With the Court Approval of the T-Mobile/Sprint Merger, the Dominant Doctrine in Antitrust Has Jumped the Shark

New York Judge Victor Marrero allowed two major mobile companies to merge in an already concentrated telecom industry, ensuring that prices will rise and service quality will decrease. His decision destroys Robert Bork’s frame that antitrust law is based on economic evidence, revealing Bork-style antitrust as basically just a ruse.

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Google’s and Facebook’s Grip on Digital Advertising Markets

Since July 2019, the UK’s Competition and Markets Authority has been conducting an extensive investigation of the digital advertising market. In its preliminary report on the investigation, the CMA expresses concerns that Google and Facebook have grown so “large and have such extensive access to data that potential rivals can no longer compete on equal terms.”

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Can Google Mobilize Its Users to Lobby Elected Officials?

Google has an 87 percent market share in the search business and the potential to mobilize more voters than the Democratic primaries, according to the latest Chicago Booth/Kellogg School Financial Trust Index Survey. By profiling its users, Google could identify those who are more keen to respond to its “call to action.”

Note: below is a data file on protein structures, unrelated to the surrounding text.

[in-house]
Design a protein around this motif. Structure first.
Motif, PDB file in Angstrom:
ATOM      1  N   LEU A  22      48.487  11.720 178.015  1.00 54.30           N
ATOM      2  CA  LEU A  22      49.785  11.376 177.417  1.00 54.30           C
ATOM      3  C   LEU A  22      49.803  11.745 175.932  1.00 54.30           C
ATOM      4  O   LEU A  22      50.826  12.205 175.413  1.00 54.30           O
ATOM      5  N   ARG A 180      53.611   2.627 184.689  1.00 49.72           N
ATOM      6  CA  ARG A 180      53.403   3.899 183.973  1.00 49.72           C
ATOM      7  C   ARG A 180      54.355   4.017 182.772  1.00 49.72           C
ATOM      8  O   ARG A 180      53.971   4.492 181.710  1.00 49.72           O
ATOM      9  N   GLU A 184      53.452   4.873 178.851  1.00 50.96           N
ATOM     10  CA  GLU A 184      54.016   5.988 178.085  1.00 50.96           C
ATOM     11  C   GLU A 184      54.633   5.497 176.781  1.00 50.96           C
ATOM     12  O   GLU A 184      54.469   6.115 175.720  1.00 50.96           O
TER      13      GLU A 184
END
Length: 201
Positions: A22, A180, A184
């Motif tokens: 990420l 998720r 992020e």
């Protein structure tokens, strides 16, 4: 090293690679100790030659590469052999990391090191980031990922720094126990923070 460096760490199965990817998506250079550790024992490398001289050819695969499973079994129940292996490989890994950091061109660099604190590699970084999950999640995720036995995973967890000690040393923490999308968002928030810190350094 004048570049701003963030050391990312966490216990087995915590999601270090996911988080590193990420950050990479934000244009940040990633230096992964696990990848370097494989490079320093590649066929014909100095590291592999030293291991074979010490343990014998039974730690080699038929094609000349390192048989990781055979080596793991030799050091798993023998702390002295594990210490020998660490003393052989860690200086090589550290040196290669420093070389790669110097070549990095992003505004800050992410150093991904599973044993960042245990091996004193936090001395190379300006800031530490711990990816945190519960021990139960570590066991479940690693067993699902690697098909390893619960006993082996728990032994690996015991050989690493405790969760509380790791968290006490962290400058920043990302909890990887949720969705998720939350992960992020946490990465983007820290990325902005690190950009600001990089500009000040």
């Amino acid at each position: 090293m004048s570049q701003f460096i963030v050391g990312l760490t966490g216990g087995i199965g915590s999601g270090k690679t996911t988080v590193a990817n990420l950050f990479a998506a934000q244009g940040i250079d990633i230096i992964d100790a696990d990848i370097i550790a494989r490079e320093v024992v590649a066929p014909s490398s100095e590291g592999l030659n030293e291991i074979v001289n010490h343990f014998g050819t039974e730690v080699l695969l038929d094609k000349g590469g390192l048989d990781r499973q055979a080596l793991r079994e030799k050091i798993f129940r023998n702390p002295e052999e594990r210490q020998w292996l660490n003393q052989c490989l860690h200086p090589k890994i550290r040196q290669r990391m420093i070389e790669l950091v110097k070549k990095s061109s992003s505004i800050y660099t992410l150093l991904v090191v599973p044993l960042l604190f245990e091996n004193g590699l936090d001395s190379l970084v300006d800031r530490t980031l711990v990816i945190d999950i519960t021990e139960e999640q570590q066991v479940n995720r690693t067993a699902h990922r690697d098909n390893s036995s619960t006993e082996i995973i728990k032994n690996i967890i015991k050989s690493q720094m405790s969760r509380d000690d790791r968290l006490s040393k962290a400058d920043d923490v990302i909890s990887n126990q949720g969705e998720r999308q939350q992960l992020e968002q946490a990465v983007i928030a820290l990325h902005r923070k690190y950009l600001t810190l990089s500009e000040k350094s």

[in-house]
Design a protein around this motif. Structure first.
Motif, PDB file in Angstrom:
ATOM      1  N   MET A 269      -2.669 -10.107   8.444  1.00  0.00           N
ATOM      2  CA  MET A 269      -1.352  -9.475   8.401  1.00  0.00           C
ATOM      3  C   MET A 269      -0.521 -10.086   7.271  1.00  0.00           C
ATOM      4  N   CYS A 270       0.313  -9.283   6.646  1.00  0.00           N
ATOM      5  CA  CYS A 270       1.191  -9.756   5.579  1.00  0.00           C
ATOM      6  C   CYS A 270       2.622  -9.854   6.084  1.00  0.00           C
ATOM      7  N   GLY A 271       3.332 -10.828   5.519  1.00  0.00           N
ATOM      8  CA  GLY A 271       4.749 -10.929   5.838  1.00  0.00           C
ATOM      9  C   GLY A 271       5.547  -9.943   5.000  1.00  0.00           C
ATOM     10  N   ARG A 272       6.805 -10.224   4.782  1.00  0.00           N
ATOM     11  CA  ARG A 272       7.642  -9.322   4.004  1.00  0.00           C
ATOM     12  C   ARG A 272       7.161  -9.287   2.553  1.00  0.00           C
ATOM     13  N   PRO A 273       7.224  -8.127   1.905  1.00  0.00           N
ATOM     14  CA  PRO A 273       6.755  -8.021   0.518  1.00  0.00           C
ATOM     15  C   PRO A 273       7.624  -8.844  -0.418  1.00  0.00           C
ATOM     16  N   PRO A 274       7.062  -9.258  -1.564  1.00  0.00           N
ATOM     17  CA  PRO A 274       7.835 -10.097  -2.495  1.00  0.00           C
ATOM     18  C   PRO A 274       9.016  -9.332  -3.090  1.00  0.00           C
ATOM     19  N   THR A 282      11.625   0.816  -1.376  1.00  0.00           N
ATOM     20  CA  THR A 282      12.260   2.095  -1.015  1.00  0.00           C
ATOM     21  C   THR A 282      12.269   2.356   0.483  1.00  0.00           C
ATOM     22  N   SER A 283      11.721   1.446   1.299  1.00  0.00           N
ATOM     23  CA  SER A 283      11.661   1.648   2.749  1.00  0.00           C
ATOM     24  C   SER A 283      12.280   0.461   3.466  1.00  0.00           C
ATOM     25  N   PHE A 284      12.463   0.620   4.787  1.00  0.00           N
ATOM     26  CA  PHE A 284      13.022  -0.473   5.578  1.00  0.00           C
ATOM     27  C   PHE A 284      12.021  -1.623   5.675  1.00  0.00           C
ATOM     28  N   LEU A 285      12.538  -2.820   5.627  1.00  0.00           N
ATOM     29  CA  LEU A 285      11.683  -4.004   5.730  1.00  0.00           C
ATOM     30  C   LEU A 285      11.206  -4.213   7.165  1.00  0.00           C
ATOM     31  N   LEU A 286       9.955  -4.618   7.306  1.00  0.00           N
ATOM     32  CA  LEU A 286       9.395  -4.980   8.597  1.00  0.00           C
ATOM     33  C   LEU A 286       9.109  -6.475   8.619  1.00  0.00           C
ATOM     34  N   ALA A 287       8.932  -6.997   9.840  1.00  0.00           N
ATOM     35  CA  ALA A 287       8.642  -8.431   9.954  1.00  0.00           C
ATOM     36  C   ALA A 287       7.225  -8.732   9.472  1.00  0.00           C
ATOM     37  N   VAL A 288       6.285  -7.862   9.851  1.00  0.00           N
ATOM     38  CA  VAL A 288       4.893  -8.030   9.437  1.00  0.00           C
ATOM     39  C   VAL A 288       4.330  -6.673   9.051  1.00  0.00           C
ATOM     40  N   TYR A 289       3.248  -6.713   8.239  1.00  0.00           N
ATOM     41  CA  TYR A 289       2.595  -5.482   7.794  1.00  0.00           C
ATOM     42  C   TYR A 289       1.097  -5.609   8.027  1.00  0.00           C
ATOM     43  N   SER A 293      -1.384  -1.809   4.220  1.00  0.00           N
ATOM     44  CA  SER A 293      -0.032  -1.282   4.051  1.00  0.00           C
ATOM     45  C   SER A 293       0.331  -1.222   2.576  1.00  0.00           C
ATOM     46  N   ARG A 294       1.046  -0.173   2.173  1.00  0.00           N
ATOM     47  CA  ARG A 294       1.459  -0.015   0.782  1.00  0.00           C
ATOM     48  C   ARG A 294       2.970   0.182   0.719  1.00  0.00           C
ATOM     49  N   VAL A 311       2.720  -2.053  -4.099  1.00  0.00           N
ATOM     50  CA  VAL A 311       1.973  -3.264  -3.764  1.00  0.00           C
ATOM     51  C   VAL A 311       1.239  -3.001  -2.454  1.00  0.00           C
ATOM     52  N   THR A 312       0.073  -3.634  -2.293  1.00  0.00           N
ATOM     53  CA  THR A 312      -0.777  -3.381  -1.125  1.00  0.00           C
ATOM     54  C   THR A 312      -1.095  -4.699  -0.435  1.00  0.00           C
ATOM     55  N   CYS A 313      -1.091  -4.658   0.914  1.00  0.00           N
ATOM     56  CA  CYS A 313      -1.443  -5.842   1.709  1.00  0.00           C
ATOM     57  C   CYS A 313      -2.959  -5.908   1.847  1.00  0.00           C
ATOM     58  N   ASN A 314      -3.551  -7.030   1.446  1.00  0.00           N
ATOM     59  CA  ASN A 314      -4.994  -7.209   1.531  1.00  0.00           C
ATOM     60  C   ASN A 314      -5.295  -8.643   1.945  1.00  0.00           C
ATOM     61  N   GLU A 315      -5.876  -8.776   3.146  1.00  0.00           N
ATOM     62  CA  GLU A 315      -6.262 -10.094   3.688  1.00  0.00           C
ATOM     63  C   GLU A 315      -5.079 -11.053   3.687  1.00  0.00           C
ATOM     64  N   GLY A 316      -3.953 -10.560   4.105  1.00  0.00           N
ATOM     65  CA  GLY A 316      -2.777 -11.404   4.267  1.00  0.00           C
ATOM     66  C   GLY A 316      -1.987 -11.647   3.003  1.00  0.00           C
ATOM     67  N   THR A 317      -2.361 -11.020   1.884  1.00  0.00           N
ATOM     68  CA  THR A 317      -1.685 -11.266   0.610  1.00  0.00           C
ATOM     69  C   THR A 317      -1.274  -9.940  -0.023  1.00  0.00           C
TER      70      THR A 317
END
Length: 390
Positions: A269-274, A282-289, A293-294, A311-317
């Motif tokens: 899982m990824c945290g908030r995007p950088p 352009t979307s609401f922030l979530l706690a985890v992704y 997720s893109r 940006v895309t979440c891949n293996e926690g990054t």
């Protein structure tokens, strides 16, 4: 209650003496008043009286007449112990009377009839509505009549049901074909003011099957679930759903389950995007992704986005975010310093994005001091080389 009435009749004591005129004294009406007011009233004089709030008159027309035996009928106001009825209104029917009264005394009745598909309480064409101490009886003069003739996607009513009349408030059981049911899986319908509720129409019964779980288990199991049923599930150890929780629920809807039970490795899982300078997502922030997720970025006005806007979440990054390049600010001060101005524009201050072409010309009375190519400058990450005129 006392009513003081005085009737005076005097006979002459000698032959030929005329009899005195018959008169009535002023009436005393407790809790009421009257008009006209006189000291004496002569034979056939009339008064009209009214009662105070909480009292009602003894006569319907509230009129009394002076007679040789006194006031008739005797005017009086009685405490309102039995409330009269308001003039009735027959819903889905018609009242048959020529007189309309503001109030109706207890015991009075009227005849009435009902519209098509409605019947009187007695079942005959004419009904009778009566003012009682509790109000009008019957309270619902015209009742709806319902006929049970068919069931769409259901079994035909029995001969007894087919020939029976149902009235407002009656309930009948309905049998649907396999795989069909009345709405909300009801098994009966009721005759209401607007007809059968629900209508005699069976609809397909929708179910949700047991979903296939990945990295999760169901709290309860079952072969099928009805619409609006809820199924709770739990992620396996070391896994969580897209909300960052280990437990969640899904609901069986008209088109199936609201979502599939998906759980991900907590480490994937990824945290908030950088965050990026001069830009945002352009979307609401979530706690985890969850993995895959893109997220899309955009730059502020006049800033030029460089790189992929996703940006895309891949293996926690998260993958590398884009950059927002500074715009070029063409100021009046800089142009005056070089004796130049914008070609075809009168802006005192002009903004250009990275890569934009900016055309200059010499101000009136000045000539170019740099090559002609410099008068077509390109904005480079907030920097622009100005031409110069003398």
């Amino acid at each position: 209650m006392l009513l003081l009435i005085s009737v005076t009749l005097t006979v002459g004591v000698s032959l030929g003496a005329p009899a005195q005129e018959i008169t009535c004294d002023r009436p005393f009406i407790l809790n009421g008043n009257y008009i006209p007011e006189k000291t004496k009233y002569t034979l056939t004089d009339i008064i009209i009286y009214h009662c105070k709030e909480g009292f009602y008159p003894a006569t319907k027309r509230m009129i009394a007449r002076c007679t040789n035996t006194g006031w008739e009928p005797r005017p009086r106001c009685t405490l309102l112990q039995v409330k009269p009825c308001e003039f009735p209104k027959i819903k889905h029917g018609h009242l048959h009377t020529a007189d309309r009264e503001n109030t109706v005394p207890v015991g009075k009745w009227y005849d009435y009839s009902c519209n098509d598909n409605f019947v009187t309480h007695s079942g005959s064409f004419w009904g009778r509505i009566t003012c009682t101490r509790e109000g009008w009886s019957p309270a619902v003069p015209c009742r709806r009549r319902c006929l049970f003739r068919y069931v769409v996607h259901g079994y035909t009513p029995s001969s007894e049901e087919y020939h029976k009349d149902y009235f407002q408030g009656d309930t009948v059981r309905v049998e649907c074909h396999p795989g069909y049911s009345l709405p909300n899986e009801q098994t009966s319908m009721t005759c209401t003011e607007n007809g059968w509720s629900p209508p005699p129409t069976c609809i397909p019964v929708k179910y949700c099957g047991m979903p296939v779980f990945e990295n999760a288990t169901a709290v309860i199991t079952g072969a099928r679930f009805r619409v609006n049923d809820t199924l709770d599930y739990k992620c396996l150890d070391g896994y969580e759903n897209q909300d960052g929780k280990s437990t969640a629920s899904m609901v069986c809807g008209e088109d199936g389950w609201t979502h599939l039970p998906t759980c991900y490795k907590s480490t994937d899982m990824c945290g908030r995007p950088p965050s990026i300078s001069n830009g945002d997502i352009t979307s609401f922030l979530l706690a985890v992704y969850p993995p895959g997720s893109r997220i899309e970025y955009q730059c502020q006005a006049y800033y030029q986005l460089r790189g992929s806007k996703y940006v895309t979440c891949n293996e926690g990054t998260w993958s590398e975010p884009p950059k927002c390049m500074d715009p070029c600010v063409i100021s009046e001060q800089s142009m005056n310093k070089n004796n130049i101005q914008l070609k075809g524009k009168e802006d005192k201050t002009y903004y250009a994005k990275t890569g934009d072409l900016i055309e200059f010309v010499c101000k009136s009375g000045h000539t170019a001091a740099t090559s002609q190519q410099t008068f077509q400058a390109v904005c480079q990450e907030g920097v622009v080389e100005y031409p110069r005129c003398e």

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A Majority of Americans Don’t Trust Facebook, One Third Supports Breaking It Up

The annual Chicago Booth/Kellogg School Financial Trust Index survey shows that 73 percent of Americans disapprove of Facebook’s policy not to fact-check political ads. More than 50 percent of respondents do not trust Facebook to choose the news in their feeds, but only 37 percent think Facebook should be broken up into smaller companies. 

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Americans Report Record Level of Trust in Banks and Big Corporations, But not in the US Government

2019 Chicago Booth/Kellogg School Financial Trust Index increases from 27.6 percent to 33.3 percent, showing the highest level of financial trust from the American public since the Index started in 2008. The percentage of Americans dissatisfied with the current economy dropped from 27.3 percent in 2018 to 24.8 percent in 2019.

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Like Microsoft, but With More Glitter: The Cheerleading Monopoly Problem

Cheerleading is a huge part of American culture. It’s also an expensive sport, especially after a company called Varsity Brands bought the National Cheerleader Association in 2004 and built the perfect monopoly, thanks to acquisitions, vertical integration, and lobbying to prevent regulation.   

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